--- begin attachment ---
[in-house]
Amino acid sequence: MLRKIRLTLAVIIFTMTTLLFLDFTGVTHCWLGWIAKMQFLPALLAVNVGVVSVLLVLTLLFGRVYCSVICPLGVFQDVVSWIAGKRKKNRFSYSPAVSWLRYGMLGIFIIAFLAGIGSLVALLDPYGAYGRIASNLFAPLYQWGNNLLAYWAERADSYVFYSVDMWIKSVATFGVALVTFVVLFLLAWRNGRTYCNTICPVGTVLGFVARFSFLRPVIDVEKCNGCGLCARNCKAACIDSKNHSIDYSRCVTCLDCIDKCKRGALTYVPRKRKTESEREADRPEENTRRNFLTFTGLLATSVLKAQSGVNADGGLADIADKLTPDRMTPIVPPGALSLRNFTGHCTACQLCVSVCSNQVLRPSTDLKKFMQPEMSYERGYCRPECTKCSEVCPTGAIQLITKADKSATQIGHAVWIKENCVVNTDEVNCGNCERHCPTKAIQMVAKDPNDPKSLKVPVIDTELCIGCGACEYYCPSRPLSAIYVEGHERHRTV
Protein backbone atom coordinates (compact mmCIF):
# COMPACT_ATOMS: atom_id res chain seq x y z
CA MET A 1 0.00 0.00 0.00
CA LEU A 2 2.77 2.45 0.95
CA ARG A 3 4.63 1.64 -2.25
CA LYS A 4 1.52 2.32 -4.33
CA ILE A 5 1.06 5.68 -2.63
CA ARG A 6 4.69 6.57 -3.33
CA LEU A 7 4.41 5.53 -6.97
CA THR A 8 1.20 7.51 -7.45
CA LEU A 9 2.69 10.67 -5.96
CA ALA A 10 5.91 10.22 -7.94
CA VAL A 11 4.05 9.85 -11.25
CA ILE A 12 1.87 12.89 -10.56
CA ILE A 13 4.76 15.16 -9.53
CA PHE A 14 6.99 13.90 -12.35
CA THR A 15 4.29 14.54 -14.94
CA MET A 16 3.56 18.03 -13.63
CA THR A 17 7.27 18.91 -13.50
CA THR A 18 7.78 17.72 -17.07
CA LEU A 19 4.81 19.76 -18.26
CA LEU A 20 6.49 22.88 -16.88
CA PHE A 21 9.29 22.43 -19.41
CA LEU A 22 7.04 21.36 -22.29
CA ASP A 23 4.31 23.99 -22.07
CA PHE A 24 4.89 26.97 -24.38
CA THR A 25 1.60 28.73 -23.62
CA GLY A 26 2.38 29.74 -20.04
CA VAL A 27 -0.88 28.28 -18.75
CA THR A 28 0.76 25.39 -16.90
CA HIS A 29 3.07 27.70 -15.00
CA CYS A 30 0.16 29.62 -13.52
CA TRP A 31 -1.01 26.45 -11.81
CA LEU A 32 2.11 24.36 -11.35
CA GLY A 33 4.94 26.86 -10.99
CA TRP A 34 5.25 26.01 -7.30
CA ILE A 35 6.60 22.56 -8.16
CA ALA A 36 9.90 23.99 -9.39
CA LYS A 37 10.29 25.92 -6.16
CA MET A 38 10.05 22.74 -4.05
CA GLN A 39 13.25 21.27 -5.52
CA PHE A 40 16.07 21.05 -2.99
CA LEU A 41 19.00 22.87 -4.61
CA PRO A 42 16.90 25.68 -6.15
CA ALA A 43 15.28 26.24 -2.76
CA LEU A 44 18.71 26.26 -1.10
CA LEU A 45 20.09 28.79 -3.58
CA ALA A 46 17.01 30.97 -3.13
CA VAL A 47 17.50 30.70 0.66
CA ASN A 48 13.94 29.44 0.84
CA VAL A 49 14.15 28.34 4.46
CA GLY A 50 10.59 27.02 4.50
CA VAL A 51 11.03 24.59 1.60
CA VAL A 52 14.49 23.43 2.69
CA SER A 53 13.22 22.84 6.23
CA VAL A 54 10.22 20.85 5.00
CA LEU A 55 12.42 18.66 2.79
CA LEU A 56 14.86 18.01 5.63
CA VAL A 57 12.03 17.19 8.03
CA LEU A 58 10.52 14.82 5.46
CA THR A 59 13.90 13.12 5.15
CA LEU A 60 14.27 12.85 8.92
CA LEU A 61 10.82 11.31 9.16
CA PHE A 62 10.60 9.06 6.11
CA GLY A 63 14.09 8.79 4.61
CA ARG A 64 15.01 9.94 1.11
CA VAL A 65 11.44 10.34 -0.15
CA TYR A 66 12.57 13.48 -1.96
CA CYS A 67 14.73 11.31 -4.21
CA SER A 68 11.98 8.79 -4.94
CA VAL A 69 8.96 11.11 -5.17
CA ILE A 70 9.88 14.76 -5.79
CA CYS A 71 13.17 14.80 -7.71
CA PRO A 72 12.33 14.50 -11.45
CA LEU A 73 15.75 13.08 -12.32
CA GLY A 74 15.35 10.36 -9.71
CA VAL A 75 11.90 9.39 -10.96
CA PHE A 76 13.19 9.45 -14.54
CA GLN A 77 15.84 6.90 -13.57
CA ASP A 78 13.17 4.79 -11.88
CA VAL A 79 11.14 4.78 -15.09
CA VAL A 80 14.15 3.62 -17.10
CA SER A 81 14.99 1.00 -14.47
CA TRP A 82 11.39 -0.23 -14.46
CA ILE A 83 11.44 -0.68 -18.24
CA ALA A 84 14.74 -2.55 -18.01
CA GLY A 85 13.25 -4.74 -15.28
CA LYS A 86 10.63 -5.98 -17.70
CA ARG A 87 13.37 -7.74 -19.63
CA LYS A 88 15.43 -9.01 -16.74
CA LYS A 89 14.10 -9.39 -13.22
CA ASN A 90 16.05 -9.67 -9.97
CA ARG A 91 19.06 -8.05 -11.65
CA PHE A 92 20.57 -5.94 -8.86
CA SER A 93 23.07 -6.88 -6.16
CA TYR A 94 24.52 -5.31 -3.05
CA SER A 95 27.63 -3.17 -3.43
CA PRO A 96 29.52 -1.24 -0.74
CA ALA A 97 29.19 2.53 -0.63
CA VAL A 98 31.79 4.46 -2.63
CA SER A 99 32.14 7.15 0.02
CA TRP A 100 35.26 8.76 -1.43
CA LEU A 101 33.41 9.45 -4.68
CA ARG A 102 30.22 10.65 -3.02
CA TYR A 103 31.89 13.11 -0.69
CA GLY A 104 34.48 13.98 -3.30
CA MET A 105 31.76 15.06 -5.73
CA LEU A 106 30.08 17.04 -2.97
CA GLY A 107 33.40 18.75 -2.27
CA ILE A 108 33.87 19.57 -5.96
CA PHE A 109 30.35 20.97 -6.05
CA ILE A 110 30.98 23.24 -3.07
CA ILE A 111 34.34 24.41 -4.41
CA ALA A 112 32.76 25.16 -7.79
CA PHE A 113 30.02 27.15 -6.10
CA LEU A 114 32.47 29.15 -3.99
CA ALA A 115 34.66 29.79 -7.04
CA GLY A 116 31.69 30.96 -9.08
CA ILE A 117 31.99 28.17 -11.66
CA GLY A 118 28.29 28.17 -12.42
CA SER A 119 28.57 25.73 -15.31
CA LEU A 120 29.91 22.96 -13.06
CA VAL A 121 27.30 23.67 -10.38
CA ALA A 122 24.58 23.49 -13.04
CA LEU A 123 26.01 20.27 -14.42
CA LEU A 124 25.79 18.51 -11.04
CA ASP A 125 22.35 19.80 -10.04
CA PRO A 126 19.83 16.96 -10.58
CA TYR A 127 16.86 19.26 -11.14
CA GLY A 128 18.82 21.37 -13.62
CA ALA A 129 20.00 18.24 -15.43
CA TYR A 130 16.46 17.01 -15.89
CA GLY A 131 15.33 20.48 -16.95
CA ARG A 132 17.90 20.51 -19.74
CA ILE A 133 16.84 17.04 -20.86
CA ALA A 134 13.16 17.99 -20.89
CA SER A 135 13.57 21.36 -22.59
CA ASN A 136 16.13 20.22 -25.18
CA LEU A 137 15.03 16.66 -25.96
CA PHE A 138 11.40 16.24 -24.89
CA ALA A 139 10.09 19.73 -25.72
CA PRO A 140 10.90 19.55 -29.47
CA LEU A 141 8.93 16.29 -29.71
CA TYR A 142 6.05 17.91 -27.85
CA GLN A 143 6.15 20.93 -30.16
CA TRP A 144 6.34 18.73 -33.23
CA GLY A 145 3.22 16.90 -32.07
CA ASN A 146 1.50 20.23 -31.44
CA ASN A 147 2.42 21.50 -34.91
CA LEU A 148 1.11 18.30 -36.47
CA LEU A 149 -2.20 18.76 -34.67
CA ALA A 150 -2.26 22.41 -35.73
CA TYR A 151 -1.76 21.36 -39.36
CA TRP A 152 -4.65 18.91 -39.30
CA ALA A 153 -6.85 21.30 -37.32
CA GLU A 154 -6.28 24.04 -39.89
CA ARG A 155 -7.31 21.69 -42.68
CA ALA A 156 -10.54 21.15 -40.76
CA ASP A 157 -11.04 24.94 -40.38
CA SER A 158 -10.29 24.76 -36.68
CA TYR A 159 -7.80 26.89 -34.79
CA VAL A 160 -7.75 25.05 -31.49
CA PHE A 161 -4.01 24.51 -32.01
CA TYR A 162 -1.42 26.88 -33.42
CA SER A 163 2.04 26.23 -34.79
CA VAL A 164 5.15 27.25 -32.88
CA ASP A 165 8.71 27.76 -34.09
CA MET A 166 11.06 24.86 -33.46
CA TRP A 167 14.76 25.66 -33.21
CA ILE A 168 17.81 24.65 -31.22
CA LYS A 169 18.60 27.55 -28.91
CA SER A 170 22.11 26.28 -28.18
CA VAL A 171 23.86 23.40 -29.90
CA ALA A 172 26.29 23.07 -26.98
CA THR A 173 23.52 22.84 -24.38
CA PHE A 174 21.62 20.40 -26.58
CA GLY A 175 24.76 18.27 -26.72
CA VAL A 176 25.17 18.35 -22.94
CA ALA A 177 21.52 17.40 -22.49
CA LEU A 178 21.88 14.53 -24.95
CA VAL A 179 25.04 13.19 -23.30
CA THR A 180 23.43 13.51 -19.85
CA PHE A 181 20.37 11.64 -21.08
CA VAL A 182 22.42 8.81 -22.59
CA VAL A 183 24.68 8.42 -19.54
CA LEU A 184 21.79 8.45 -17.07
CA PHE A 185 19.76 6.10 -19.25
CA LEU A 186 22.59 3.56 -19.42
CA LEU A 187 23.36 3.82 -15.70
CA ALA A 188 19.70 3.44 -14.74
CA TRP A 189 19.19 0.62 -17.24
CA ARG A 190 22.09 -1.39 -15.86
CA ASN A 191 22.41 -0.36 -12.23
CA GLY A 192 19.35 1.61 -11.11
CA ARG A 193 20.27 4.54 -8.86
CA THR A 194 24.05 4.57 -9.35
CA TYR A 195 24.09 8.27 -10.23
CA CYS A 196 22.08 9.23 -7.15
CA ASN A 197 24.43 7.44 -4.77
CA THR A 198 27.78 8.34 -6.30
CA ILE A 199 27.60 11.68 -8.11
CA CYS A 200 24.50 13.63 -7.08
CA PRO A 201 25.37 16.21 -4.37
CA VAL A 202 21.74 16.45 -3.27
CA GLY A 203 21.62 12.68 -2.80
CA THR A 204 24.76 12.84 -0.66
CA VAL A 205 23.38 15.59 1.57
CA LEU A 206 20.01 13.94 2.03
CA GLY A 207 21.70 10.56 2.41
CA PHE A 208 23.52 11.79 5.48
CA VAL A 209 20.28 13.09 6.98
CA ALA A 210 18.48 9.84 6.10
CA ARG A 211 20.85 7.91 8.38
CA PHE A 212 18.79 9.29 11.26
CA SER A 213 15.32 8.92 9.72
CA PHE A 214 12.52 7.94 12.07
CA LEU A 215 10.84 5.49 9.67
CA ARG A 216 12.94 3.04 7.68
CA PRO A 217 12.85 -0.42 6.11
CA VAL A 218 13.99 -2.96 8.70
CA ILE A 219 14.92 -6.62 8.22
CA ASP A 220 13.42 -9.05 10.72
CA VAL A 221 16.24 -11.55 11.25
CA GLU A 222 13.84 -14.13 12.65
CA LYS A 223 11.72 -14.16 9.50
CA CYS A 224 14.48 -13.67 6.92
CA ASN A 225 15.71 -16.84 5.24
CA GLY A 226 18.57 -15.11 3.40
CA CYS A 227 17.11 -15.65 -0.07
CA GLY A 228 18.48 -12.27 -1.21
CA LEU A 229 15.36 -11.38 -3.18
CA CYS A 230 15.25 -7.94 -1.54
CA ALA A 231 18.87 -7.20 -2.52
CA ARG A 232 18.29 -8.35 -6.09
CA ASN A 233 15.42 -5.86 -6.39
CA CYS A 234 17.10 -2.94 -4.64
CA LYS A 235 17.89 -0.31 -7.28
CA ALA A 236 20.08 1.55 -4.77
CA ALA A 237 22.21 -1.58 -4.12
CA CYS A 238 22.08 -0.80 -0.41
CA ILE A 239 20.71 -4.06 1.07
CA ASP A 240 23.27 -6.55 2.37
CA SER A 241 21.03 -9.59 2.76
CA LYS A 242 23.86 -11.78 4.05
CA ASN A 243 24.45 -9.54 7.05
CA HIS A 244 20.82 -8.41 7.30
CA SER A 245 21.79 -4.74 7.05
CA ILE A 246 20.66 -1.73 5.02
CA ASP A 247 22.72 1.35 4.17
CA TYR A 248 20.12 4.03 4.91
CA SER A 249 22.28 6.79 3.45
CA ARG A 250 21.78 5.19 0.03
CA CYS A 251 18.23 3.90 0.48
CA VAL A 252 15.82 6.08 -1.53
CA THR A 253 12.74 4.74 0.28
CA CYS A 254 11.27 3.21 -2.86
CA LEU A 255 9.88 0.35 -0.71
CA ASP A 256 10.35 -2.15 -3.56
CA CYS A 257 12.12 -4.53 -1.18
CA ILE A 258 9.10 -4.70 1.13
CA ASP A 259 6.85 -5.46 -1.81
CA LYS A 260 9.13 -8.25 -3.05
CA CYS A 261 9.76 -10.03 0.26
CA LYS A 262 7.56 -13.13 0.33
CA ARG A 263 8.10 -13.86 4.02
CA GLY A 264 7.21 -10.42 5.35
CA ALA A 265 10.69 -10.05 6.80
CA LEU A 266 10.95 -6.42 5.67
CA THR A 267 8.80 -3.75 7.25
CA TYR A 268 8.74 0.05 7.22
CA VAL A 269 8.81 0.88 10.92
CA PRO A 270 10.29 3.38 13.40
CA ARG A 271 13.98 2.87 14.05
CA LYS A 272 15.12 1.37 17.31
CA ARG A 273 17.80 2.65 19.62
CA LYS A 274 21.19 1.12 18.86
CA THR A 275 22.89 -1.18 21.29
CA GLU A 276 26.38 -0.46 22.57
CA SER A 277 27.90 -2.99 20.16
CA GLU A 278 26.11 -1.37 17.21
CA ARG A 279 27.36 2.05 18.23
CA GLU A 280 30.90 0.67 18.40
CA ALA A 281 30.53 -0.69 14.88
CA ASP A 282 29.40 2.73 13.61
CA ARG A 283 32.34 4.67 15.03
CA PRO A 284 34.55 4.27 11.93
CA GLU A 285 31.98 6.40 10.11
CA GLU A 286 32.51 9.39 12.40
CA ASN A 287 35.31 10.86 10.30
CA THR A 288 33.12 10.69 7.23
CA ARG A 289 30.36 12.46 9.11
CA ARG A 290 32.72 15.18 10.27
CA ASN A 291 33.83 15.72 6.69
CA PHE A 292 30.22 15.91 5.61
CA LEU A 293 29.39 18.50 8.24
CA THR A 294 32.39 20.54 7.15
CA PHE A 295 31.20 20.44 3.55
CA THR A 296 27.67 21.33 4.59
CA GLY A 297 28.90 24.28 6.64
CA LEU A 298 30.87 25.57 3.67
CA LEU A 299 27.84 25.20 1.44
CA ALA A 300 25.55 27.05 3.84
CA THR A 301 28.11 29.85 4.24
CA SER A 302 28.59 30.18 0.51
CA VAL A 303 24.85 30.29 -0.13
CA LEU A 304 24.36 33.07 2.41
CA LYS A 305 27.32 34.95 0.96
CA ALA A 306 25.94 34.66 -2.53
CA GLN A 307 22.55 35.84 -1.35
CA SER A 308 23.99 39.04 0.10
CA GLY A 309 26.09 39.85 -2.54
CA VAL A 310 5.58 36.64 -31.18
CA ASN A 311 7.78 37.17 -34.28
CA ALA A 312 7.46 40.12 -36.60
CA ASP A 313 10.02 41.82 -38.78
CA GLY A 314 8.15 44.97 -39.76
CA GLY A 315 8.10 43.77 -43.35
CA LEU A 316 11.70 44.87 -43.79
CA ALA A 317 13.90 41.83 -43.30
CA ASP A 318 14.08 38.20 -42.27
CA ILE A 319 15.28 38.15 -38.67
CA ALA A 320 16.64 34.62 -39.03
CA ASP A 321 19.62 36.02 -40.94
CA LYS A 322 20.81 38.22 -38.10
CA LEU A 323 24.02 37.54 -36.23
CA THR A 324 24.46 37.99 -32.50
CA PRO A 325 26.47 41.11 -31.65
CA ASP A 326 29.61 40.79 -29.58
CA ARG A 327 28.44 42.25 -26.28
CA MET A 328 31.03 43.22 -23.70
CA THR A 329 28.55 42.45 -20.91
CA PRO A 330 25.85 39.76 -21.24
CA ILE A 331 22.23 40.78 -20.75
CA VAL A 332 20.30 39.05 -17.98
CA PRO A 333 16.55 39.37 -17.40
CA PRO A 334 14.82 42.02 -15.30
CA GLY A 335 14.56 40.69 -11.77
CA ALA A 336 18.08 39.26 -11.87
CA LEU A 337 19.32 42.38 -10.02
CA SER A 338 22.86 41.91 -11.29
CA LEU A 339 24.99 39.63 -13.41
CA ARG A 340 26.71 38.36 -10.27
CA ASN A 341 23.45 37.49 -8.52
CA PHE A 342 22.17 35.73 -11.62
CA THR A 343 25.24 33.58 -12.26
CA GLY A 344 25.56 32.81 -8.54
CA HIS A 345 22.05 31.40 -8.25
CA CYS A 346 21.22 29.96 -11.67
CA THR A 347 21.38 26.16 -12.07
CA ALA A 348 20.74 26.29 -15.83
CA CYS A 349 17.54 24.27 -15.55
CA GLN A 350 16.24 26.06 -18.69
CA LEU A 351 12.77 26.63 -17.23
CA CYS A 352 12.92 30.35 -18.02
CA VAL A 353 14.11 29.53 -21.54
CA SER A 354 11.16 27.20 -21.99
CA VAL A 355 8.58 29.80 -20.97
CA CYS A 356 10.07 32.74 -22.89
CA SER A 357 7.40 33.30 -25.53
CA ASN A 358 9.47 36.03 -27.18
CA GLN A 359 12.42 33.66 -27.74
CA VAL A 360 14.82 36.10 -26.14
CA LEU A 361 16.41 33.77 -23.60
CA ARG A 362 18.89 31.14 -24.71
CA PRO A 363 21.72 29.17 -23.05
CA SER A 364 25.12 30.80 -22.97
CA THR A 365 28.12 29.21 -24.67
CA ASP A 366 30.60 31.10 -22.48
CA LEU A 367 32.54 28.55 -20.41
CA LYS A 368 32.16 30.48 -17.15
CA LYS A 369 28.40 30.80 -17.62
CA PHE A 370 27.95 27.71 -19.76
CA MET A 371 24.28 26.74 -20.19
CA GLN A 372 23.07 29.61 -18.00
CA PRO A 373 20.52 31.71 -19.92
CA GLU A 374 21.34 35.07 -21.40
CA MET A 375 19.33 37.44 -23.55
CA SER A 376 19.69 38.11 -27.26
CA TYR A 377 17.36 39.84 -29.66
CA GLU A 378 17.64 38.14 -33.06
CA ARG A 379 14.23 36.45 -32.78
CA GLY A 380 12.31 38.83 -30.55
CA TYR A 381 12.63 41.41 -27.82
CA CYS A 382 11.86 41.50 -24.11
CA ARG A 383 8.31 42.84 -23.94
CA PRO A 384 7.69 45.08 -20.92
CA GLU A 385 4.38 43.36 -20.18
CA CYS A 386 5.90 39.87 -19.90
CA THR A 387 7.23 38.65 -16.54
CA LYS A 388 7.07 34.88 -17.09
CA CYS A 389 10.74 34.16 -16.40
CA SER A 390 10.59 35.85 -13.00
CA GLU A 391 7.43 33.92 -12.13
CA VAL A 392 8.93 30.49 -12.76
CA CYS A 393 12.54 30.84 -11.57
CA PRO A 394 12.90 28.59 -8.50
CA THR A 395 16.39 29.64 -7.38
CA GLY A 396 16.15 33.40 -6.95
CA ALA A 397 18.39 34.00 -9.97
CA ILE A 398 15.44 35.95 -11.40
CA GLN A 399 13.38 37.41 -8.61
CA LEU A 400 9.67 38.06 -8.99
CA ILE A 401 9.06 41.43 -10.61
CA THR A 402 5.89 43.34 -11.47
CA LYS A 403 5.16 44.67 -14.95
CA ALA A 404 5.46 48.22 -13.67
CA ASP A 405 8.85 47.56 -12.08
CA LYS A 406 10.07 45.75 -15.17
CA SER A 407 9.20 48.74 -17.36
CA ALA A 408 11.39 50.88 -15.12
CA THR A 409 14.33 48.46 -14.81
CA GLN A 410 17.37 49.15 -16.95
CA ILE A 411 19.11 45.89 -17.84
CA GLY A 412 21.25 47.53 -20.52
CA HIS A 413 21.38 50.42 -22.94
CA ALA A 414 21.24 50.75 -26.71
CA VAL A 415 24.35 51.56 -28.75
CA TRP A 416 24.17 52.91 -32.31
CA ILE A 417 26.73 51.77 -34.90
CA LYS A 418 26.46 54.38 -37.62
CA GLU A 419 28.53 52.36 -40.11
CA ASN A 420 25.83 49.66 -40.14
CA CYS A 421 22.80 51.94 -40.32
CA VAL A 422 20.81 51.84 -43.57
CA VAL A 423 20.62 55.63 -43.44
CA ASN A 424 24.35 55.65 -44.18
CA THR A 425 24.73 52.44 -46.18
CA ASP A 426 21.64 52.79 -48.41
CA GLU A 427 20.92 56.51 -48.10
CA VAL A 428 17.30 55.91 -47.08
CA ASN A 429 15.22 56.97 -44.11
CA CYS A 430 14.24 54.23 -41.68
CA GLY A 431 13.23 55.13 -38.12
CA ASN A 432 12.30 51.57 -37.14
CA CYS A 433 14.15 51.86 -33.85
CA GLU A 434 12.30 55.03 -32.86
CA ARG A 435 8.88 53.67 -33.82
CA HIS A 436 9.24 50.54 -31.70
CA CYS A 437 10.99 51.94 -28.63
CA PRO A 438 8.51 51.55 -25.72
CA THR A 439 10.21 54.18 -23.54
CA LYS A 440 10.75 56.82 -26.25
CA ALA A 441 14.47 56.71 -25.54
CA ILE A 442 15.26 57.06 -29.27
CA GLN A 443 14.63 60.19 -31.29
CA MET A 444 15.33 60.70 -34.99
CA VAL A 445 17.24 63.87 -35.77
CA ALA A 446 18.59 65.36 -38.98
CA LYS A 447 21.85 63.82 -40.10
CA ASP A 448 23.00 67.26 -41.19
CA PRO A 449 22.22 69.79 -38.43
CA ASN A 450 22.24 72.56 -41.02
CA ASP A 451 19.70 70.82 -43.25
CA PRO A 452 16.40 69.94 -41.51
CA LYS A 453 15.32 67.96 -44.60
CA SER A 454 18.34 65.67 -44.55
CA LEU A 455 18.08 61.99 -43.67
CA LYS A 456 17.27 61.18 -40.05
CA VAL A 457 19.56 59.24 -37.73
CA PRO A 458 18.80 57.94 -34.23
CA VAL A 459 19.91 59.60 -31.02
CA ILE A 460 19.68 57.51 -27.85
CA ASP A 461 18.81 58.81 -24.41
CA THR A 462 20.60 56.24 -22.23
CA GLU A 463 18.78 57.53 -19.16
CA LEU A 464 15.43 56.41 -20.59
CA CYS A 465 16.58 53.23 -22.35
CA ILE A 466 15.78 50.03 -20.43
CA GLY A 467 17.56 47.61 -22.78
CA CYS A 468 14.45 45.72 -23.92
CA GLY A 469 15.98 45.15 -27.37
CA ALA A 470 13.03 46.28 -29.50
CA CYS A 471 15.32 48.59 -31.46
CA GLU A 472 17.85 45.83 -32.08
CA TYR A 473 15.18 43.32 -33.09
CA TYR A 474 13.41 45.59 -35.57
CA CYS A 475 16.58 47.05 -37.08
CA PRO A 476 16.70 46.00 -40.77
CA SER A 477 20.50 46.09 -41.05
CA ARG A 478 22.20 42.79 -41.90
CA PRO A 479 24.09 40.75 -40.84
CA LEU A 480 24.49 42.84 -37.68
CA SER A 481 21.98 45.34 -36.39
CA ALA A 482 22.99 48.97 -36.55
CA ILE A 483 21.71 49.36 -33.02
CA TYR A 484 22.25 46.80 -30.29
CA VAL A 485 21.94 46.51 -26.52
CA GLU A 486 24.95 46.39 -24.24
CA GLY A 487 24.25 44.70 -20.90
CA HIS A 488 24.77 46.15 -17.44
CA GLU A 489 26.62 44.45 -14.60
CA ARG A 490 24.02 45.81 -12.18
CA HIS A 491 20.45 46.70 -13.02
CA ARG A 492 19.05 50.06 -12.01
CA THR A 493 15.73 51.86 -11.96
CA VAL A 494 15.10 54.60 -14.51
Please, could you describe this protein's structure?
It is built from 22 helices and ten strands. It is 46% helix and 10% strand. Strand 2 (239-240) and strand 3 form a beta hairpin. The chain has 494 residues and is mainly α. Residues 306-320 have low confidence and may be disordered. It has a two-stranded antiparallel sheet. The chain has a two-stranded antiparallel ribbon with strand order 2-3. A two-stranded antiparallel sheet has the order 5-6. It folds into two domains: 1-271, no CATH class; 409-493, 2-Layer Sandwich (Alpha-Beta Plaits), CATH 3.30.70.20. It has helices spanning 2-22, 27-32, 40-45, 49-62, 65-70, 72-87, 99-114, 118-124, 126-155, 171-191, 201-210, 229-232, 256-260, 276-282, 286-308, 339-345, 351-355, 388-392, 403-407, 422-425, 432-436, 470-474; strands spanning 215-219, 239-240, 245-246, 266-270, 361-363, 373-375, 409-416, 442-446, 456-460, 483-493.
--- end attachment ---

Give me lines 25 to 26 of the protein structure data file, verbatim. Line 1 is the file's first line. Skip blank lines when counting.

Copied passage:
CA PHE A 21 9.29 22.43 -19.41
CA LEU A 22 7.04 21.36 -22.29